In this week’s reading, the verse says “Lo Sisgodedu” — “do not cut yourselves,” which was a mourning practice of idolators. But the Medrash tells us that the words give us another messages as well: “do not divide, do not split up.”
Someone once asked Rabbi Yisrael M. Kagan zt”l, the Chofetz Chaim, why the observant Jewish world was so divided. Why are there Chassidim and non-Chassidim, and even among Chassidim there are all different types. Some focus more on study, some more on prayer; some are mostly silent while others sing and dance. And that was in Poland in the early 20th century, when most Jews were at most marginally aware of the diversity of Sephardic and Yemenite Jewry. What would the world be missing, he asked, if there was simply one group of Jews, all praying the same way and following the same customs?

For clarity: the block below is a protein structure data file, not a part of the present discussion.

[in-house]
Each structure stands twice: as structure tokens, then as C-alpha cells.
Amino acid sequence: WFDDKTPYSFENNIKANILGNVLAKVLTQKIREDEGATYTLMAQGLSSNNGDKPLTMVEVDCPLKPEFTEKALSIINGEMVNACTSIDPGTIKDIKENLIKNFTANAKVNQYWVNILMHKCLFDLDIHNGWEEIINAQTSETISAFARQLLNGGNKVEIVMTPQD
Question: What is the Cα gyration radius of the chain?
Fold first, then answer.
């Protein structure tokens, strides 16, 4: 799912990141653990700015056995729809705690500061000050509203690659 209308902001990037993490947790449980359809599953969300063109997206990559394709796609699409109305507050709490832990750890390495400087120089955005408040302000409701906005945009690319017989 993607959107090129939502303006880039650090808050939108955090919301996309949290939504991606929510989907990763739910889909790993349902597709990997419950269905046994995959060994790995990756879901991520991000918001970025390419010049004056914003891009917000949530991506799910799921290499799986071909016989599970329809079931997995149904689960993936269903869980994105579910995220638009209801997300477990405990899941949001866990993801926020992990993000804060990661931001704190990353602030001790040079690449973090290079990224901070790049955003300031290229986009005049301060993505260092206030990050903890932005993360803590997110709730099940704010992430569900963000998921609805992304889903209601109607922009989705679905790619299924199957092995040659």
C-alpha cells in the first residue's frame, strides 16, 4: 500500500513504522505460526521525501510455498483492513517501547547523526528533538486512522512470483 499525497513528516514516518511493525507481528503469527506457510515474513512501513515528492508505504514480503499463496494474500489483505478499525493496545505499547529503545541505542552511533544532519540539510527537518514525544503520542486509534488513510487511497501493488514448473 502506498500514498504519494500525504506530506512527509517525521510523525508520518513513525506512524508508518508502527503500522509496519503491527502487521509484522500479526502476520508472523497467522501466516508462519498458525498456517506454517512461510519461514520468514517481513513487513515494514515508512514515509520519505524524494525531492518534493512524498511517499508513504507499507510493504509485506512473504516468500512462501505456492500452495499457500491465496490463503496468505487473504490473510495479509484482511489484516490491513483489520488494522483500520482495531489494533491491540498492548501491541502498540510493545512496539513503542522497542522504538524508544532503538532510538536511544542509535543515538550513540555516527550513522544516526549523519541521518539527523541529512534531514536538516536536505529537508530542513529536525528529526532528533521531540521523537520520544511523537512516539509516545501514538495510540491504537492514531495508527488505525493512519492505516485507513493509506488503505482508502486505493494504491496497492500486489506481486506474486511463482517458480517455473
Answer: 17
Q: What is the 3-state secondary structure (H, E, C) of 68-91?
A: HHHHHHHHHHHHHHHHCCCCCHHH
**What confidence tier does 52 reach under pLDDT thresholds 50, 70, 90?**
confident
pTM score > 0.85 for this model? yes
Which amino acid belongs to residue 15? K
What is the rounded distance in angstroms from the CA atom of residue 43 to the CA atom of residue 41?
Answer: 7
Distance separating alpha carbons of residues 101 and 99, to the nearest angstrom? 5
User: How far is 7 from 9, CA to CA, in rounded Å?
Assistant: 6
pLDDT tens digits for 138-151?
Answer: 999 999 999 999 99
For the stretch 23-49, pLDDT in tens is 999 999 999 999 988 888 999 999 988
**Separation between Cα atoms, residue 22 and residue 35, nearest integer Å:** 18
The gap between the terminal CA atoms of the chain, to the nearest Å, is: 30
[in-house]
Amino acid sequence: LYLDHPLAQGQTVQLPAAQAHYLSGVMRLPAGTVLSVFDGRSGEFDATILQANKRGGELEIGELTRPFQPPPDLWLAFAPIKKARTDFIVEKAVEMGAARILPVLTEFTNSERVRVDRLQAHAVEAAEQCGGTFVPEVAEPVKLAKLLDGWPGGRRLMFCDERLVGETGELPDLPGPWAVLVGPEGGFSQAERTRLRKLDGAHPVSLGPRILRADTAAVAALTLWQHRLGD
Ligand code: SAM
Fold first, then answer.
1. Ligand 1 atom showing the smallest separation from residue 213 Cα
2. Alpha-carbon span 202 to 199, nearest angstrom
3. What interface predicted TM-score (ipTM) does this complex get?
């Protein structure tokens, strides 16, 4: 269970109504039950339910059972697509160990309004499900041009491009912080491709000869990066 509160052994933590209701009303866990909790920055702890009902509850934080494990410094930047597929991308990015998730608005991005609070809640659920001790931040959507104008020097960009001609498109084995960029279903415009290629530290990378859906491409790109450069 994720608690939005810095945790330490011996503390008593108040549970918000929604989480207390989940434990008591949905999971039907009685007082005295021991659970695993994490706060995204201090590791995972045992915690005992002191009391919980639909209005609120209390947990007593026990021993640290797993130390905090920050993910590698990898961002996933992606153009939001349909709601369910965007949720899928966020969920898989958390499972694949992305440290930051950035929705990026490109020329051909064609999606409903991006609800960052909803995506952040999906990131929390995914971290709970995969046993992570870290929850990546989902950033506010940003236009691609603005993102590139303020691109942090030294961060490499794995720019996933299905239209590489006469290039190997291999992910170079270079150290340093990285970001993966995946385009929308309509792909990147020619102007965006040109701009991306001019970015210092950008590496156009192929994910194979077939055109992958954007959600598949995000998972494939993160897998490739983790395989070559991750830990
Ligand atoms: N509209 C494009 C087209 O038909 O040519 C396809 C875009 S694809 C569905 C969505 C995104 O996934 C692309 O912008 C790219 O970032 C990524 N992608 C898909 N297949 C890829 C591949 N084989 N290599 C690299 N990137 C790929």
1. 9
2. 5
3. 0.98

The Chofetz Chaim responded that before asking him this question, the questioner ought to go to the Czar of Russia with a similar one: why are there so many different types of soldiers? In their day they had infantry, cavalry and artillery — today that would just be the Army. Could we rationally question why there are different units, whether the world would lack anything if there was only one type of soldier? In order to win in battle, the military needs a variety of techniques, strategies, and strengths.
So too, says Rabbi Kagan, in our ongoing battle against the Evil Inclination. We are all in the same battle, trying to perfect ourselves and make better choices. As someone explained more recently, without the modern Yeshivos of Lithuanian Jewry, Torah learning would not be so strong, and without the impact of the Chassidic movement, Judaism would not be so strong. When we learn and benefit from each others’ strengths, we are united in serving our Father in Heaven.